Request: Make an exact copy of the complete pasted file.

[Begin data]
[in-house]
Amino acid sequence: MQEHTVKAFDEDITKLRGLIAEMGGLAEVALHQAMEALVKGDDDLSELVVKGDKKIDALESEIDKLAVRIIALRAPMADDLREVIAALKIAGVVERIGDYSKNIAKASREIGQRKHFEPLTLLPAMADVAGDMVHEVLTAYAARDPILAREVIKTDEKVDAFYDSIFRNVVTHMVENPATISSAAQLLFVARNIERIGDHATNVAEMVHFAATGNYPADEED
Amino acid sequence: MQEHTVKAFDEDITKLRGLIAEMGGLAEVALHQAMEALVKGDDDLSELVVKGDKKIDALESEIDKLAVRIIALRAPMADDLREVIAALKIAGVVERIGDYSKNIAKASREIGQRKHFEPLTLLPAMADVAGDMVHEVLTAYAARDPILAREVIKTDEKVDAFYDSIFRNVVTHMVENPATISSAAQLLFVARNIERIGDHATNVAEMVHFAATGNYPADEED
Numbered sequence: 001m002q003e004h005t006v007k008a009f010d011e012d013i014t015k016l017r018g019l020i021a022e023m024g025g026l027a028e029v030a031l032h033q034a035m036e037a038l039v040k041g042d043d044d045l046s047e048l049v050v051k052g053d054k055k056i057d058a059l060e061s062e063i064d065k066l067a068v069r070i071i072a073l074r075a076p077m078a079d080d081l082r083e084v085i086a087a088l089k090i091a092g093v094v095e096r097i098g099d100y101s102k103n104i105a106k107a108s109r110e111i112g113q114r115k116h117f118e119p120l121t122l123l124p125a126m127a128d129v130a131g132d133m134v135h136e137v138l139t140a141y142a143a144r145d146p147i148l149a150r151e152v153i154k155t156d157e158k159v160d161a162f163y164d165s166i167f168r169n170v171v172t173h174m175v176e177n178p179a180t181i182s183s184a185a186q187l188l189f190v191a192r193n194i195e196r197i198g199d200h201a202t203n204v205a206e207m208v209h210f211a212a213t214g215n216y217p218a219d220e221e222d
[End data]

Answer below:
[in-house]
Amino acid sequence: MQEHTVKAFDEDITKLRGLIAEMGGLAEVALHQAMEALVKGDDDLSELVVKGDKKIDALESEIDKLAVRIIALRAPMADDLREVIAALKIAGVVERIGDYSKNIAKASREIGQRKHFEPLTLLPAMADVAGDMVHEVLTAYAARDPILAREVIKTDEKVDAFYDSIFRNVVTHMVENPATISSAAQLLFVARNIERIGDHATNVAEMVHFAATGNYPADEED
Amino acid sequence: MQEHTVKAFDEDITKLRGLIAEMGGLAEVALHQAMEALVKGDDDLSELVVKGDKKIDALESEIDKLAVRIIALRAPMADDLREVIAALKIAGVVERIGDYSKNIAKASREIGQRKHFEPLTLLPAMADVAGDMVHEVLTAYAARDPILAREVIKTDEKVDAFYDSIFRNVVTHMVENPATISSAAQLLFVARNIERIGDHATNVAEMVHFAATGNYPADEED
Numbered sequence: 001m002q003e004h005t006v007k008a009f010d011e012d013i014t015k016l017r018g019l020i021a022e023m024g025g026l027a028e029v030a031l032h033q034a035m036e037a038l039v040k041g042d043d044d045l046s047e048l049v050v051k052g053d054k055k056i057d058a059l060e061s062e063i064d065k066l067a068v069r070i071i072a073l074r075a076p077m078a079d080d081l082r083e084v085i086a087a088l089k090i091a092g093v094v095e096r097i098g099d100y101s102k103n104i105a106k107a108s109r110e111i112g113q114r115k116h117f118e119p120l121t122l123l124p125a126m127a128d129v130a131g132d133m134v135h136e137v138l139t140a141y142a143a144r145d146p147i148l149a150r151e152v153i154k155t156d157e158k159v160d161a162f163y164d165s166i167f168r169n170v171v172t173h174m175v176e177n178p179a180t181i182s183s184a185a186q187l188l189f190v191a192r193n194i195e196r197i198g199d200h201a202t203n204v205a206e207m208v209h210f211a212a213t214g215n216y217p218a219d220e221e222d